Block.IS Discussion: Blockchain, regulation and views from startups

Block.IS was recently involved in a series of webinars in which challenges around policy and regulation around Blockchain were discussed. In one of the webinars the project organised and dubbed Blockchain Policy and Regulatory Challenges, Block.IS startups were specifically addressed by asking:

Given a (slow) shifting policy and regulatory landscape, how can businesses continue to innovate with Blockchain?

This series of two articles will discuss some of the issues that came up in the webinars and discussion points suggesting a way forward. In the first article, we described the regulatory landscape and challenges. In this second article, we will explore the experiences of blockchain SMEs with regulation.

In the webinar, we asked the Block.IS startups how and why they opted for blockchain and what benefit a ledger offers in their sector that other forms of trust cannot. How does blockchain offer a better form of an agreement? We also discussed the timeframe of their solutions and connected to that the sustainability of the ledger.

In Europe, a number of application areas are prevalent. At an earlier webinar, organized by the Digital SME Alliance on blockchain, Marco Bianchini (OECD) presented a study on blockchain application trends, in which supply chain tracking, machines- and IP protection were fore-fronted. Specifically for Europe, we see a strong focus on self-sovereign identity (SSI) as an application area of blockchain. Another application area can be found in Israeli blockchain, in which more back-bone and cybersecurity applications of blockchain were found.  These and other examples can be found on the application monitor run by the EU Blockchain Observatory in which more details can be found per EU Member State.  In Block.IS, the sectors of interest are finance, logistics, and agriculture. In these spaces, introducing networks of immutable proofs can potentially streamline many processes of authentication and replace paper trails by immediately accessible and shareable proofs. A more efficient process saves time and therefore money. Moreover, it reduces the administrative burden within value chains,  and may improve the quality of the chain of regulation for goods and transactions.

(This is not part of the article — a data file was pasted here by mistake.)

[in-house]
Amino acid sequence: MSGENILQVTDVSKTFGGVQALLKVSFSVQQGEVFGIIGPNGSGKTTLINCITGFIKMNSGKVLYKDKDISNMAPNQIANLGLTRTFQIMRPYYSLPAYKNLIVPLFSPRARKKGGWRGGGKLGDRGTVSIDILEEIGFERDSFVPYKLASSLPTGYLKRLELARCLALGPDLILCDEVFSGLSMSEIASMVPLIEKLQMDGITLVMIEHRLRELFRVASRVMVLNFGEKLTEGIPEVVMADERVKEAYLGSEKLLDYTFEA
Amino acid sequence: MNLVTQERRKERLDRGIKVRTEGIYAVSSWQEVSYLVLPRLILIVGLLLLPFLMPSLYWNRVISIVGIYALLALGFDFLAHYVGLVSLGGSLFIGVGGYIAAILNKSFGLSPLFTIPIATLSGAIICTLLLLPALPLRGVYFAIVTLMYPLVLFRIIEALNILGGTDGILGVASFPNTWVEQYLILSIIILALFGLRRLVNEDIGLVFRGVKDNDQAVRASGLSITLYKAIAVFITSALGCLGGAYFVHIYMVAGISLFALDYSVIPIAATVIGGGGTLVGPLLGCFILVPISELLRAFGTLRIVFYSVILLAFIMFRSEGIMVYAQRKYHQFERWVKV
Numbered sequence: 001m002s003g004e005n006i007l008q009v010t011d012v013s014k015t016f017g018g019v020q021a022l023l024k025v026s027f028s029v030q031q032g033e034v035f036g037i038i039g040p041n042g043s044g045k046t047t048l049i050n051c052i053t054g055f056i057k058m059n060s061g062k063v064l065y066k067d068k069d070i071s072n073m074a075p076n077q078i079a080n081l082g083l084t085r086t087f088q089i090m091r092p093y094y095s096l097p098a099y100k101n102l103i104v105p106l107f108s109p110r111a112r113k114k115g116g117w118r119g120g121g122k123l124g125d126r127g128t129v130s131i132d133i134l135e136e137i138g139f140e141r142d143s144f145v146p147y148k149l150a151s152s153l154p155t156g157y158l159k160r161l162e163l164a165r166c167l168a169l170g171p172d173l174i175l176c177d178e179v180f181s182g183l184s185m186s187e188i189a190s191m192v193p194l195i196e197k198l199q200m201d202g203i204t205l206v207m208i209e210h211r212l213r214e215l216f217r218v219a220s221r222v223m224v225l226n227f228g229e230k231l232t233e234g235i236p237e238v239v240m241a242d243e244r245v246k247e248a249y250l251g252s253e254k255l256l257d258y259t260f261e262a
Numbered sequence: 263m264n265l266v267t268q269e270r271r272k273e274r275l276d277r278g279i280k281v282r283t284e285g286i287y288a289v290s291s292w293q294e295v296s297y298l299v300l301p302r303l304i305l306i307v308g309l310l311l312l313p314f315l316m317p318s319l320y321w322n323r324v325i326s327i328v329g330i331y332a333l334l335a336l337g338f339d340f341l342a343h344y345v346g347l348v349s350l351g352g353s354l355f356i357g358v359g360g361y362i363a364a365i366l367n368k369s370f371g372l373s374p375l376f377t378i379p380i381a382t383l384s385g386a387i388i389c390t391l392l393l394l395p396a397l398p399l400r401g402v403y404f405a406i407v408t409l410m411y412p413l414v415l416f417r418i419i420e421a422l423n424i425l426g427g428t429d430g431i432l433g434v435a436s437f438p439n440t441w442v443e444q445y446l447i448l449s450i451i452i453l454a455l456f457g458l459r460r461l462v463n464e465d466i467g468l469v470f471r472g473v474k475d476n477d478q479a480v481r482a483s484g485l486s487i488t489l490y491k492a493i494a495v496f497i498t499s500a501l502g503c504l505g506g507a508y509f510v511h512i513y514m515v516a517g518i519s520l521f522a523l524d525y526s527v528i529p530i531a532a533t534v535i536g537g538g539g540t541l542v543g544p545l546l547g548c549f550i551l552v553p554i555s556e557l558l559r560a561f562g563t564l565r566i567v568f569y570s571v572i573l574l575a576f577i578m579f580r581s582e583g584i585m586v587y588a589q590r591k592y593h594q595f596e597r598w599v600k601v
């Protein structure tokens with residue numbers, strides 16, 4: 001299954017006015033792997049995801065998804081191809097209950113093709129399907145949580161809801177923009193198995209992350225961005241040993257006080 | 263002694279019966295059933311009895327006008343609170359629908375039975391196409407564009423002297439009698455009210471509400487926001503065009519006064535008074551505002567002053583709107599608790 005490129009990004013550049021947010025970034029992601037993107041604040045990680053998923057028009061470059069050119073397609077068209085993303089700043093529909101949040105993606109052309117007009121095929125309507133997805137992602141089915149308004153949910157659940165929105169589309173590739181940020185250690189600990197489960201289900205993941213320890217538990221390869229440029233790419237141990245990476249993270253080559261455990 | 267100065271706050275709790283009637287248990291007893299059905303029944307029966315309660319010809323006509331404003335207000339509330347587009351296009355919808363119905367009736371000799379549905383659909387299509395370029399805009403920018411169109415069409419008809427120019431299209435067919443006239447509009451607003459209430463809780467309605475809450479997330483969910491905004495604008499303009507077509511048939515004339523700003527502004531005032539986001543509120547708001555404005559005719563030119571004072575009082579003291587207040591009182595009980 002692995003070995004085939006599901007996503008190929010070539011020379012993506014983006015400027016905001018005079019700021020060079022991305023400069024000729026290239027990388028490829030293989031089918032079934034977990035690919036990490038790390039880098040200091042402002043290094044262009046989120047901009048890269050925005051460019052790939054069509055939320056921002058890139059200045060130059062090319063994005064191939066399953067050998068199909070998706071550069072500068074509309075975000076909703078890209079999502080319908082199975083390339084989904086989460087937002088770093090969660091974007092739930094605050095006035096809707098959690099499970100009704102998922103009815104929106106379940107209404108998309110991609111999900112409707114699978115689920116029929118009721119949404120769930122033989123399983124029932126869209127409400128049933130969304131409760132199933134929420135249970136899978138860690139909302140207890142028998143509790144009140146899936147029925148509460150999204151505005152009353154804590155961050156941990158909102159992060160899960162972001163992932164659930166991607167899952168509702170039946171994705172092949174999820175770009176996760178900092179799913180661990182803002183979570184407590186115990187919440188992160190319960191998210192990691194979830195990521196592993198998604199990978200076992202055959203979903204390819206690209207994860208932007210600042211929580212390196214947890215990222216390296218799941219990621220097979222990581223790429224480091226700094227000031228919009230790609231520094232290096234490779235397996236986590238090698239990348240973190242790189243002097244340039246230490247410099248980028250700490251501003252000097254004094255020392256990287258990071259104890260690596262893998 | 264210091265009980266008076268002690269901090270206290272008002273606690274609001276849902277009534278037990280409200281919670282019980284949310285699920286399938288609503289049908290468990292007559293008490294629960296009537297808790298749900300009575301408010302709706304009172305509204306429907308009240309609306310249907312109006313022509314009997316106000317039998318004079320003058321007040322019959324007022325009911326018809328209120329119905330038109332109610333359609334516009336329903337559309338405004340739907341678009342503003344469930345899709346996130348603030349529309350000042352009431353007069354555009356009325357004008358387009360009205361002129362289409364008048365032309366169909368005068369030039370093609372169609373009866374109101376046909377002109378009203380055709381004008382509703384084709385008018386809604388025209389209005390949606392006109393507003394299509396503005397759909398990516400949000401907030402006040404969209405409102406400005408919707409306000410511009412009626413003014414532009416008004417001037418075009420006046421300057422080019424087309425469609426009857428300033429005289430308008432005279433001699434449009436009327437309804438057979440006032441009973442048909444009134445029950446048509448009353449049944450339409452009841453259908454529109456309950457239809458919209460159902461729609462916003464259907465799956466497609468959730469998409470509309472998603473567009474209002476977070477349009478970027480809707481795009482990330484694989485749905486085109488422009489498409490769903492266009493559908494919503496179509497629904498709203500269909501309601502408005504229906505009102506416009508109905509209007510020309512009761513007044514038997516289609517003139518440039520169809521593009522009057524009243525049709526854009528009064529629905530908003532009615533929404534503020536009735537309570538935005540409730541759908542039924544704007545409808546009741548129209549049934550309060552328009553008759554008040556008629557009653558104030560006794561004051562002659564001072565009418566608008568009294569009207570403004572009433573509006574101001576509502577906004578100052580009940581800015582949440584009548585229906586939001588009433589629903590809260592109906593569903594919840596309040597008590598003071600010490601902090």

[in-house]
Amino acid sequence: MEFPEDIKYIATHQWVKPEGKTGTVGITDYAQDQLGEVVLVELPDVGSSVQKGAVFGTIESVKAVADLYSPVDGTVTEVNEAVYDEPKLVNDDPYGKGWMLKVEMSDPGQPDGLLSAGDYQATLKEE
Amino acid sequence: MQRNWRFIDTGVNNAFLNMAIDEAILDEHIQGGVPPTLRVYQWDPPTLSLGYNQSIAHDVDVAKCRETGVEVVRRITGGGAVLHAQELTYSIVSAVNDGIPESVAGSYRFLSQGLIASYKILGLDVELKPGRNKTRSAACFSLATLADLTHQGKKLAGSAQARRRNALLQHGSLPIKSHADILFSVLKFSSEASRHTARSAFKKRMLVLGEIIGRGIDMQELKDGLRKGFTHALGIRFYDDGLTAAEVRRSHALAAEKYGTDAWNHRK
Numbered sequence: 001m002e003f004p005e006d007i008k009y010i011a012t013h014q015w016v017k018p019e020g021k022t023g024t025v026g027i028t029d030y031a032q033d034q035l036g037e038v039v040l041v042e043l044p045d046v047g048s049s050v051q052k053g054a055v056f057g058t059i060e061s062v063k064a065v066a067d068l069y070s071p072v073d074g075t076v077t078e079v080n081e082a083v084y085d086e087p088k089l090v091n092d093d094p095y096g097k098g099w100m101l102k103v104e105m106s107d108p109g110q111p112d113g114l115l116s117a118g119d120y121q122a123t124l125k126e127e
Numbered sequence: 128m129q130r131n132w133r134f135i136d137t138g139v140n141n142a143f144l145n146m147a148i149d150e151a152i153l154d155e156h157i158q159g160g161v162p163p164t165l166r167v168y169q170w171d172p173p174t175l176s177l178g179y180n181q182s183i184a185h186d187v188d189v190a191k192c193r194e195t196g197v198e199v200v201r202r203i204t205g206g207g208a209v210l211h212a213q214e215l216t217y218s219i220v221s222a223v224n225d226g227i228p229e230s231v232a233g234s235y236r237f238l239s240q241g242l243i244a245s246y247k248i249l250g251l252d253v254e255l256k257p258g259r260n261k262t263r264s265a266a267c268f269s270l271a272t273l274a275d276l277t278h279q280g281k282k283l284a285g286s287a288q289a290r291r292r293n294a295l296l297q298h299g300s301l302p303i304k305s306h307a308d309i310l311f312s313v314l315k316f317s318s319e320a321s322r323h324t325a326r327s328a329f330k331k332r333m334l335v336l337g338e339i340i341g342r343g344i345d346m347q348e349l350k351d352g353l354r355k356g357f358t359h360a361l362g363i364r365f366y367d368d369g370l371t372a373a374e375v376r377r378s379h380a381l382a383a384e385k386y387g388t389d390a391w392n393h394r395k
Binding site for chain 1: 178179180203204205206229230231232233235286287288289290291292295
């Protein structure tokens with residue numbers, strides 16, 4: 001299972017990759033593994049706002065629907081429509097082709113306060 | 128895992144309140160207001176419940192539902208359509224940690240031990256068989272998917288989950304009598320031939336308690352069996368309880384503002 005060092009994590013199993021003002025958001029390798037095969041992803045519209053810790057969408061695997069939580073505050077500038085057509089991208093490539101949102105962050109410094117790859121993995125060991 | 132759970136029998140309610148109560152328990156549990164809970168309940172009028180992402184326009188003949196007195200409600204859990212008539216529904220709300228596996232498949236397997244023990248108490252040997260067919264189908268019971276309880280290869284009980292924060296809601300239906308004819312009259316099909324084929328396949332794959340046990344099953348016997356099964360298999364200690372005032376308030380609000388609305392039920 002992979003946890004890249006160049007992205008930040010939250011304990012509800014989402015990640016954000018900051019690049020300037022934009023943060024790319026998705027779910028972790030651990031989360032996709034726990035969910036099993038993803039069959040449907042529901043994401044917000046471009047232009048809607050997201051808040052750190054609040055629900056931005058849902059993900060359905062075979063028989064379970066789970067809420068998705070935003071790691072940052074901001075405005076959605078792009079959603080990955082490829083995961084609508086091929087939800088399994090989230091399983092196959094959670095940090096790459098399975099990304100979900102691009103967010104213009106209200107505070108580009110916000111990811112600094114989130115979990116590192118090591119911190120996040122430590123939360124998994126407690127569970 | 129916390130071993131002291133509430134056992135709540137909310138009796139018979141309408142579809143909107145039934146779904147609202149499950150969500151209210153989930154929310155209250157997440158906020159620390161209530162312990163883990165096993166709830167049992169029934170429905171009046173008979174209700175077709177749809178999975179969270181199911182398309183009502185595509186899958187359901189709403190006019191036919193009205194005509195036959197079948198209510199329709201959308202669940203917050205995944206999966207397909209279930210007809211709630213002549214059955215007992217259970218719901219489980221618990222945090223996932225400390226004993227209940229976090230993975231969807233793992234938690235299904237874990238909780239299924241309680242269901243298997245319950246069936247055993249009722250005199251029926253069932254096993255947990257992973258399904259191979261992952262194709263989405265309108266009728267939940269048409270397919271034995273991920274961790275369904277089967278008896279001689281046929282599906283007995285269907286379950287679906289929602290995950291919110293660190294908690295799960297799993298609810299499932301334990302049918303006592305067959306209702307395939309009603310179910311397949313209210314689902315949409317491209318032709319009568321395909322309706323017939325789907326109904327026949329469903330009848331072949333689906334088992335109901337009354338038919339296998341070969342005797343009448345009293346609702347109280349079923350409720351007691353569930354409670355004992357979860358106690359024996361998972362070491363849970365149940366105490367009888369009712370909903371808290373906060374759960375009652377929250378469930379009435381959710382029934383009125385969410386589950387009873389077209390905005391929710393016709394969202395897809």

However, such benefits are never easily achieved: besides startup costs for many organisations in the value chain having to adopt new technical and organisational ways of working, potentially disruptive ways of creating and securing transactions will also face regulatory challenges in many sectors. No specific regulatory efforts have been made yet to allow blockchain-based transactions or networks of immutable proofs to enter the existing ways of doing. In that regard, more experience and insights are needed as to how the ledger-based systems alter current processes of proving something is what it says it is, or that a process has taken place as stated, and how that affects policy and regulation in these sectors.

The Blockchain Policy and Regulatory Challenges webinar gave an overview of the current state of the art in blockchain technology and discussed the challenges that SMEs face regarding regulation. The relevant regulations that SMEs deal with are the GDPReIDAS, KYC/AML requirements (especially in the finance sector) and MiCA.  One of the challenges that a participant mentioned is that each regulation has a different approach. This particularly affects SMEs that work cross-border because many countries in the EU have different policy strategies and ways to approach digital asset management.  Another challenge identified by the participants, was the low level of understanding across businesses of what blockchain actually is. Many participants agreed that sector-specific companies such as banks or farmers as well as regulators do not have a good understanding of what blockchain is and what it can do. Moreover, it was mentioned that at the moment there is no single market solution, which is experienced as a barrier, since this leaves for a myriad of solutions that each will be in need of a separate legal check.

Creating an ecosystem for innovation with blockchain will require a certain course of action. First of all, more work is needed to show and explain what it does and why it offers potential advantages. This makes blockchain a difficult innovation: you need economists and mathematics to understand the added value, one participant stated. We need to better explain that blockchain is about consensus and transactional power, rather than ‘cutting out the middle man’. This requires new ideas and better support to help companies that are hesitant to step onboard. Some building blocks that can help companies make use of blockchain are an open and controllable EU infrastructure,  a clear vision about its added value in the sector, and regulatory clarity both in a general sense and sector-specifically.